Alexander Hernández didn’t speak a word of English when he arrived in Houston from Venezuela seeking political asylum.
But when he started working in the kitchen of the Rice Faculty Club, his co-workers helped him sign up for English as a Second Language classes at the Susanne M. Glasscock School of Continuing Studies. Now, less than four years later, he has a master’s degree from Rice in global affairs.
That’s the kind of story leaders of the Glasscock School feel exemplifies what Continuing Studies has meant to Houston. And it’s one of the stories they remembered during a Sept. 22 party at the Anderson-Clarke Center celebrating the school’s 55th anniversary.
“We exist to extend the excellence of Rice to every corner of Houston and beyond,” said Robert Bruce, dean of the Glasscock School, as guests enjoyed beverages and light bites. “We exist to meet the moment. We do not measure ourselves by the years that have passed. We measure ourselves in the progress we have made.”
Originally envisioned in 1967 as a program to help engineers continue their research, the school now offers classes and programs in arts, management, philanthropy, legal studies, data science and more.
The Glasscock School’s language learning programs, which have grown along with Houston and have served thousands of students across the decades, are an example of meeting the moment in a city home to at least 145 spoken languages.
“I like to say that one of the greatest assets is our connection to and relationship with the city, and the Glasscock School is instrumental in forging that connection,” said Rice President Reginald DesRoches.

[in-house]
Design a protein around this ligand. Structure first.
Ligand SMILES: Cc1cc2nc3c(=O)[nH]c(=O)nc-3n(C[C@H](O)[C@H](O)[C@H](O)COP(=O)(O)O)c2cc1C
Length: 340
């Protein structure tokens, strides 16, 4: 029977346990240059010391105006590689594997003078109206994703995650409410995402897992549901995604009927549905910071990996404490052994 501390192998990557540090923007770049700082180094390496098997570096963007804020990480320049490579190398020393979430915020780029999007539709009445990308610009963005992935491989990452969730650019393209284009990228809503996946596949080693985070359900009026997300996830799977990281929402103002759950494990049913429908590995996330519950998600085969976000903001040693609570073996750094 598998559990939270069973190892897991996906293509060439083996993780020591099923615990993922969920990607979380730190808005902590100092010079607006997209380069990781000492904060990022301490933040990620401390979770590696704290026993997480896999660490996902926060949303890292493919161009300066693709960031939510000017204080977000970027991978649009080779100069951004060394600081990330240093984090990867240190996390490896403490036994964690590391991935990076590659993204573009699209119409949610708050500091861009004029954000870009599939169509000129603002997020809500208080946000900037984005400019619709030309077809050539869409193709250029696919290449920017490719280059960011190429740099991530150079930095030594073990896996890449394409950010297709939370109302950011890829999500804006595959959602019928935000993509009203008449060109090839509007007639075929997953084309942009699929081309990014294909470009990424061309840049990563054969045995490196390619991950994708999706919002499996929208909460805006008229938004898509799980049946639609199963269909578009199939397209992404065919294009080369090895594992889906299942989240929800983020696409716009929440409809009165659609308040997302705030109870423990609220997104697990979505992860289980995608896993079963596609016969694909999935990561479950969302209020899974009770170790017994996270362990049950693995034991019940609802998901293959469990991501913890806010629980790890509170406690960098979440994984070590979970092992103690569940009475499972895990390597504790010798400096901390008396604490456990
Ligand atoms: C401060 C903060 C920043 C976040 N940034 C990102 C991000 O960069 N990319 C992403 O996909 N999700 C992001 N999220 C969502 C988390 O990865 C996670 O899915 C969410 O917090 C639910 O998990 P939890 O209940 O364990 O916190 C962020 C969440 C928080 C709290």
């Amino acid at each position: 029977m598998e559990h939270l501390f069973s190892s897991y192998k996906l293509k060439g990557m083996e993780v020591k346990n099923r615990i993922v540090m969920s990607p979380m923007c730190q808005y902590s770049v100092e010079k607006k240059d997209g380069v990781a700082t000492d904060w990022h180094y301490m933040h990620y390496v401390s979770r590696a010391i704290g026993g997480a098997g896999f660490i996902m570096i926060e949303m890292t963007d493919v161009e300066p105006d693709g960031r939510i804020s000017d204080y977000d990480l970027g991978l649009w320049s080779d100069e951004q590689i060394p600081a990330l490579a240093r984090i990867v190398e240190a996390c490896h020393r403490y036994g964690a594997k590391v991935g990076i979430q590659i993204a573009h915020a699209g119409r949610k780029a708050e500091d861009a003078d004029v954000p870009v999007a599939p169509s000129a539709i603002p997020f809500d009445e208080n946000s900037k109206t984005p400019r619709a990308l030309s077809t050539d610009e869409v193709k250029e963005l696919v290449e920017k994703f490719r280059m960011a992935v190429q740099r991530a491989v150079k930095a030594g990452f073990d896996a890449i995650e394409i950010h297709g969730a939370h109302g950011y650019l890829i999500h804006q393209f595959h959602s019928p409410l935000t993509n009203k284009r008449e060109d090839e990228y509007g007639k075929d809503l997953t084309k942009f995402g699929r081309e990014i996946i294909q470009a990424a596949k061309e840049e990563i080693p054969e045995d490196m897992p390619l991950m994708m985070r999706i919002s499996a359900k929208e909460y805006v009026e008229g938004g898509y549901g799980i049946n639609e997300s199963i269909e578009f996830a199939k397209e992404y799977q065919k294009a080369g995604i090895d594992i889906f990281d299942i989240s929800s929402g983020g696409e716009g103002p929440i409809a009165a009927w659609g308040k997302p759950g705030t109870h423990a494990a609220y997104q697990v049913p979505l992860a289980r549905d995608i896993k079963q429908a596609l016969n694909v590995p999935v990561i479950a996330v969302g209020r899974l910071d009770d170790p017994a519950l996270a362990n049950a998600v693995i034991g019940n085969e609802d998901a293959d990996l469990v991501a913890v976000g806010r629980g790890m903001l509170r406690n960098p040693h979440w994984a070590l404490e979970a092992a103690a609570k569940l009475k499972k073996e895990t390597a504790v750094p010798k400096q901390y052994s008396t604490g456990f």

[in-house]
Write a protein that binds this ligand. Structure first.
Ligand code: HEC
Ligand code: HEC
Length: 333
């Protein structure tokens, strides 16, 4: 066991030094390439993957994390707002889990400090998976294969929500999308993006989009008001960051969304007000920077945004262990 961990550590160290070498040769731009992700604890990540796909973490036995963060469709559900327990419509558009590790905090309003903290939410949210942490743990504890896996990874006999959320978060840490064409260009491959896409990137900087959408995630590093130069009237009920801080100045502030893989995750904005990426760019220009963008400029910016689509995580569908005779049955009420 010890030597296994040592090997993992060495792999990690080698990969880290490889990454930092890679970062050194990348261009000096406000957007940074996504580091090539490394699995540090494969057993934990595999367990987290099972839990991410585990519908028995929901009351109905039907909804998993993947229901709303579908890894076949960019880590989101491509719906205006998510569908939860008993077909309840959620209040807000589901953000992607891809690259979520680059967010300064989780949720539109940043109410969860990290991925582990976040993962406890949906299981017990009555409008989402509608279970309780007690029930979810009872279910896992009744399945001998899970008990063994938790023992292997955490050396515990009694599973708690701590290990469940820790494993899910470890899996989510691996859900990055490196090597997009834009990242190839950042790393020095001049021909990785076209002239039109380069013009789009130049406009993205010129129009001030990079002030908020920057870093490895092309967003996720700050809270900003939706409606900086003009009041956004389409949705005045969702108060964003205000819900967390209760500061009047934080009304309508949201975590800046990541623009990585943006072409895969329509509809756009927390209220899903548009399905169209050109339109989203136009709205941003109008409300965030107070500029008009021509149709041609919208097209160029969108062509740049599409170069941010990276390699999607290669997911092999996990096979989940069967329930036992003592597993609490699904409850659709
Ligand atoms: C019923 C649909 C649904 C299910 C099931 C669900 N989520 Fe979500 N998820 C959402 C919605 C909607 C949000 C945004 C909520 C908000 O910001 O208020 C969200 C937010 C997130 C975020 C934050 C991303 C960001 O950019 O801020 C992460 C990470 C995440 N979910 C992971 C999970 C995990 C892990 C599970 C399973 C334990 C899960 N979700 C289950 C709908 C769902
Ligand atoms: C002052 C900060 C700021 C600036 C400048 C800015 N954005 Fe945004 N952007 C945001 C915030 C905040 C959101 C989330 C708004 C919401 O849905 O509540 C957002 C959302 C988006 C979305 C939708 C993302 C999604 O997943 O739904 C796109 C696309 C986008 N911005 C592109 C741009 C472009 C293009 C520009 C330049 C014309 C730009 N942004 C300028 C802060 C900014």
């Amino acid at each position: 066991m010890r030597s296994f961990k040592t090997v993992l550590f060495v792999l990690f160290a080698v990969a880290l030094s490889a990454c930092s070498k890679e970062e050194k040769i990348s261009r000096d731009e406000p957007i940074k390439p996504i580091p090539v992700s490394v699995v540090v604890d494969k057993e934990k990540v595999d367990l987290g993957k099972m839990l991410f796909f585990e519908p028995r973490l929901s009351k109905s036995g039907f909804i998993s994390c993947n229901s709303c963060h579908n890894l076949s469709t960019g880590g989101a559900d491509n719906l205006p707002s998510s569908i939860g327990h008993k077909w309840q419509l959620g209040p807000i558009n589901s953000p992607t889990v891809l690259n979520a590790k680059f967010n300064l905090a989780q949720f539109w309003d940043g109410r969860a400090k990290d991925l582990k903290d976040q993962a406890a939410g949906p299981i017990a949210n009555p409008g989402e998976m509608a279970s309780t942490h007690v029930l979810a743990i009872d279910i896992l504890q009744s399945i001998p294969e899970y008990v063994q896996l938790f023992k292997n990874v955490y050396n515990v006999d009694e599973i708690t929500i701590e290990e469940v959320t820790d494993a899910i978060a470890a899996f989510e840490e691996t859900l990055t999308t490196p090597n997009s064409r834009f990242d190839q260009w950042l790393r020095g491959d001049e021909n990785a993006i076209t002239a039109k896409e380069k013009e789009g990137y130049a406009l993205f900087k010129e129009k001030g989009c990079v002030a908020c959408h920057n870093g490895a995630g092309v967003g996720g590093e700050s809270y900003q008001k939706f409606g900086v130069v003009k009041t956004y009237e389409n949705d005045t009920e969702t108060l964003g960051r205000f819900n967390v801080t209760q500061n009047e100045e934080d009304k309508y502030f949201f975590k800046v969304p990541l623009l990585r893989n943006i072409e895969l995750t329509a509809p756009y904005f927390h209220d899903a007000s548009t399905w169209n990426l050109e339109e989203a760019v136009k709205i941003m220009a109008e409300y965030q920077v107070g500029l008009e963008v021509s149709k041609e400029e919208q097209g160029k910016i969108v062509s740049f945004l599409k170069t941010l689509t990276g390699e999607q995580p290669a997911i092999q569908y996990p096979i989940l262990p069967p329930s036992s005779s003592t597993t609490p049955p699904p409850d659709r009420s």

Founding dean Mary McIntire and school namesake Susanne Glasscock both spoke about how the school has evolved from its small beginnings and continues to adapt to a changing world.
In 1986, McIntire was named dean of the School of Continuing Studies, making her the first female dean in the history of Rice. In 2006, the school was renamed the Susanne M. Glasscock School of Continuing Studies, making it the only school at Rice named exclusively for a woman.
“We were so proud to have a woman’s name on the school, especially this woman,” McIntire said in a recorded speech. “Very early on, Susie also saw the real need for a space on campus expressing the importance of the school and providing the best experience for students. And Susie can be very persuasive, as Rice leaders know. Without her persistence, this building would have never happened.”
However, Glasscock will tell you that when someone thanks her for their experience at the school, she defers to the teachers and staff.
“Me? No, it’s so many people,” she said.
Today, Glasscock’s Center for Education is working to address the ongoing teacher shortage in Texas. Its teacher preparation programs have received Texas Education Agency awards every year since 2018, and the center has produced a Rookie Teacher of the Year every year since 2013.
“These teachers leave our program prepared for the rigor of public education, and immediately make a careerlong difference as leaders on their campuses,” Bruce said. “We firmly believe that Rice-trained teachers and administrators will change the face of education from the inside out. We’re already seeing our impact and the next step is simply doing more of what we know works.”
The school prides itself on its adaptability. When Houston was passed over as a potential home to a new Amazon headquarters, the Glasscock School launched tech boot camps for in-demand tech skills. When the COVID-19 pandemic sent people to their home offices, the school launched OPENRice, which hosts free webinars on pressing issues.
DesRoches thanked Bruce for his dedication to extending Rice’s commitment to educational equity and access “through offering lifelong and life-changing personal and professional development programs to the community.” He also spoke about how the Glasscock School will be critical in developing new programs that can cope with future changes.
“I’ve been impressed with the school’s ability — particularly recently — to pivot to what the community needs,” DesRoches said. “Rob mentioned the boot camps and OPENRice, great examples of continued flexibility and the ability to meet people where they are, not where we think they need to be. Focusing our efforts on the issues where we make the biggest impact and where we excel the most is one of my top goals as Rice’s eighth president.”